Further fallout from the coup was traced by a leading corruption watchdog.
Myanmar has fallen 17 places in Transparency International’s latest Corruption Perceptions Index, supplanting Cambodia as Southeast Asia’s worst country for graft for the first time in a decade and ahead of only North Korea in Asia for clean government.
Despite all the adverse developments, the head of a pro-military think tank told RFA things were looking up.
“In summary, we are leading to a more stable situation and it’s almost certain that the election is happening,” said Thein Tun Oo, the executive director of Thayninga Institute for Strategic Studies, which is made up of former military officers.
Opponents of the junta, the latest iteration of military governments that have ruled Myanmar for more that 50 of its 75 years since it gained independence from British colonial rule, said the coup had destroyed the country’s fledgling democracy, rule of law and freedom of speech.
“As political parties, we can’t go into the public and organize and spread political awareness among the people,” said Tun Aung Kyaw, a senior official of the Arakan National Party, which represents the interests of the Rakhine ethnic minority in western Myanmar.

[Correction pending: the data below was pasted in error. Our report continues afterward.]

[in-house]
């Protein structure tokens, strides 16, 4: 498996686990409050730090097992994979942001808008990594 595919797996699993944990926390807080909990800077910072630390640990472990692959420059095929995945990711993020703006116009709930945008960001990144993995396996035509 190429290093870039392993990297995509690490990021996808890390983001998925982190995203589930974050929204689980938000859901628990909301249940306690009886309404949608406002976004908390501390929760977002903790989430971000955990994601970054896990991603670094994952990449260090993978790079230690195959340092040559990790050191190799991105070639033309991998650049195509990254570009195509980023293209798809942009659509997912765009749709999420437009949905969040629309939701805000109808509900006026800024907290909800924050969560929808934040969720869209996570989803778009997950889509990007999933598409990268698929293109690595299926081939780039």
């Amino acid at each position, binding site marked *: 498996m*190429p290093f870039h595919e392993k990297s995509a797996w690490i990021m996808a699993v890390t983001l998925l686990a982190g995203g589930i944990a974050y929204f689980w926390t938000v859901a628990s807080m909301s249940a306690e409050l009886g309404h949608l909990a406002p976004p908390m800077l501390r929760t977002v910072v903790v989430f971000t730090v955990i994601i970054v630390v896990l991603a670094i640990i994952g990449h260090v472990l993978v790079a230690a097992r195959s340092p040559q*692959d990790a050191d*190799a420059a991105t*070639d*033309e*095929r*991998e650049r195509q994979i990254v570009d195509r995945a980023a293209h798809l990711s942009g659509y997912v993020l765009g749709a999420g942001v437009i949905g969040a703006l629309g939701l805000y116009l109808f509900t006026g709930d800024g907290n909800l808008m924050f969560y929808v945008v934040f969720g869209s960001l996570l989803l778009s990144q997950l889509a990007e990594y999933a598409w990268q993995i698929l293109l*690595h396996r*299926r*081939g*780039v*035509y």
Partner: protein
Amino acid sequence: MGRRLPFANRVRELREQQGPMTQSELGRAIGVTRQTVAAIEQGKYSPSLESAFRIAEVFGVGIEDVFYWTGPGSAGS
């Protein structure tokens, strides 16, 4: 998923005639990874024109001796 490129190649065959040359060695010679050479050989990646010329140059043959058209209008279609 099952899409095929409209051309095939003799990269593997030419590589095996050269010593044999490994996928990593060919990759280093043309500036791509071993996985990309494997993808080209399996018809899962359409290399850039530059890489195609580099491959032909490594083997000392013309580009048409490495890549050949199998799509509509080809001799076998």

“There is a very vast difference between the situation now and that of the previous government,” he told RFA.
“We established political parties in order to create a political environment for the people to develop our democracy, but these parties themselves are struggling,” said Sai Laik, the general secretary of Shan National League for Democracy in northern Myanmar.
“When the military operations have replaced the politics of the parties like now, you can say that their role and political activities have become almost non-existent.” he told RFA.
Targeting the opposition
But it is the party of jailed Nobel laureate Suu Kyi, the National League for Democracy, that bore the brunt of junta atrocities.
According to the National League for Democracy’s human rights research department, junta troops have killed at least 84 party members and officials and arrested at least 1,232 others since the February 2021 coup. Of those killed, 16 died in interrogation, eight in prison, one by execution, and 59 others “for no reason.”
Democracy icon Suu Kyi, 77, was sentenced to another seven years in prison at the end of 2022 on five counts of alleged corruption, bringing the total number of years she must serve in detention to 33 on 24 counts, prison sources said.
“The main reason for the military coup is the military dictator’s power-madness and greed to control all sectors of the country forever, regardless of the people’s needs and interests,” said Kyaw Htwe, an executive of the National League for Democracy.
“The only way to rectify the country’s total deterioration is to overthrow the military dictatorship and build a federal democratic nation.”
Meanwhile, residents of the France-sized country are struggling with surging commodity prices, power outages, transportation difficulties, crime and lawlessness.
“About 50 percent of our country is in a state of disintegration,” said Than Soe Naing, the political analyst.